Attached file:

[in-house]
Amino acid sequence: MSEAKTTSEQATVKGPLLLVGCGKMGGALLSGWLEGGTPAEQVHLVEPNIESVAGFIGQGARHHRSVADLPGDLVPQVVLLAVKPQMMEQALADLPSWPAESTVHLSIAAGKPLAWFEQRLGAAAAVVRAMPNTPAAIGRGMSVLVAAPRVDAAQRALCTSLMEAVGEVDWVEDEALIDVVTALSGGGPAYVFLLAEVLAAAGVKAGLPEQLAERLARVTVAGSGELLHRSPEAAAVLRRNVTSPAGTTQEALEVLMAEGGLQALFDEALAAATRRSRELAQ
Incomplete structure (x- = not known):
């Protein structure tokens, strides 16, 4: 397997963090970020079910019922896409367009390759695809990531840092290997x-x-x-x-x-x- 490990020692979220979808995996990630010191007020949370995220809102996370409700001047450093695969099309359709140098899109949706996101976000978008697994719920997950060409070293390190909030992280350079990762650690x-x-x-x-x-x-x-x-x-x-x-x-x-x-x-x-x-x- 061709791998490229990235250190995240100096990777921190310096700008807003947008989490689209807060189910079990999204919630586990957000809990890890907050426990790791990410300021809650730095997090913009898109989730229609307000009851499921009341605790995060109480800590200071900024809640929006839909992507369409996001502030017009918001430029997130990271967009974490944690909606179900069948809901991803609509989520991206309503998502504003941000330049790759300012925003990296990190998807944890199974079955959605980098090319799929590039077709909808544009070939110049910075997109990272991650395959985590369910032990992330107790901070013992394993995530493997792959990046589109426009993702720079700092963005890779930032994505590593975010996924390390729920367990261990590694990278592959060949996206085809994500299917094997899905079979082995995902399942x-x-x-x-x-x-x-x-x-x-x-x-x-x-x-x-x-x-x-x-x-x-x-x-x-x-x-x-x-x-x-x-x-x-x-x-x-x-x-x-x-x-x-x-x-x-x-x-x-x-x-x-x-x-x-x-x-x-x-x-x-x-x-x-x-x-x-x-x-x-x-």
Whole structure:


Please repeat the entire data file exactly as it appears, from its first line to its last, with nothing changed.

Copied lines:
[in-house]
Amino acid sequence: MSEAKTTSEQATVKGPLLLVGCGKMGGALLSGWLEGGTPAEQVHLVEPNIESVAGFIGQGARHHRSVADLPGDLVPQVVLLAVKPQMMEQALADLPSWPAESTVHLSIAAGKPLAWFEQRLGAAAAVVRAMPNTPAAIGRGMSVLVAAPRVDAAQRALCTSLMEAVGEVDWVEDEALIDVVTALSGGGPAYVFLLAEVLAAAGVKAGLPEQLAERLARVTVAGSGELLHRSPEAAAVLRRNVTSPAGTTQEALEVLMAEGGLQALFDEALAAATRRSRELAQ
Incomplete structure (x- = not known):
């Protein structure tokens, strides 16, 4: 397997963090970020079910019922896409367009390759695809990531840092290997x-x-x-x-x-x- 490990020692979220979808995996990630010191007020949370995220809102996370409700001047450093695969099309359709140098899109949706996101976000978008697994719920997950060409070293390190909030992280350079990762650690x-x-x-x-x-x-x-x-x-x-x-x-x-x-x-x-x-x- 061709791998490229990235250190995240100096990777921190310096700008807003947008989490689209807060189910079990999204919630586990957000809990890890907050426990790791990410300021809650730095997090913009898109989730229609307000009851499921009341605790995060109480800590200071900024809640929006839909992507369409996001502030017009918001430029997130990271967009974490944690909606179900069948809901991803609509989520991206309503998502504003941000330049790759300012925003990296990190998807944890199974079955959605980098090319799929590039077709909808544009070939110049910075997109990272991650395959985590369910032990992330107790901070013992394993995530493997792959990046589109426009993702720079700092963005890779930032994505590593975010996924390390729920367990261990590694990278592959060949996206085809994500299917094997899905079979082995995902399942x-x-x-x-x-x-x-x-x-x-x-x-x-x-x-x-x-x-x-x-x-x-x-x-x-x-x-x-x-x-x-x-x-x-x-x-x-x-x-x-x-x-x-x-x-x-x-x-x-x-x-x-x-x-x-x-x-x-x-x-x-x-x-x-x-x-x-x-x-x-x-």
Whole structure: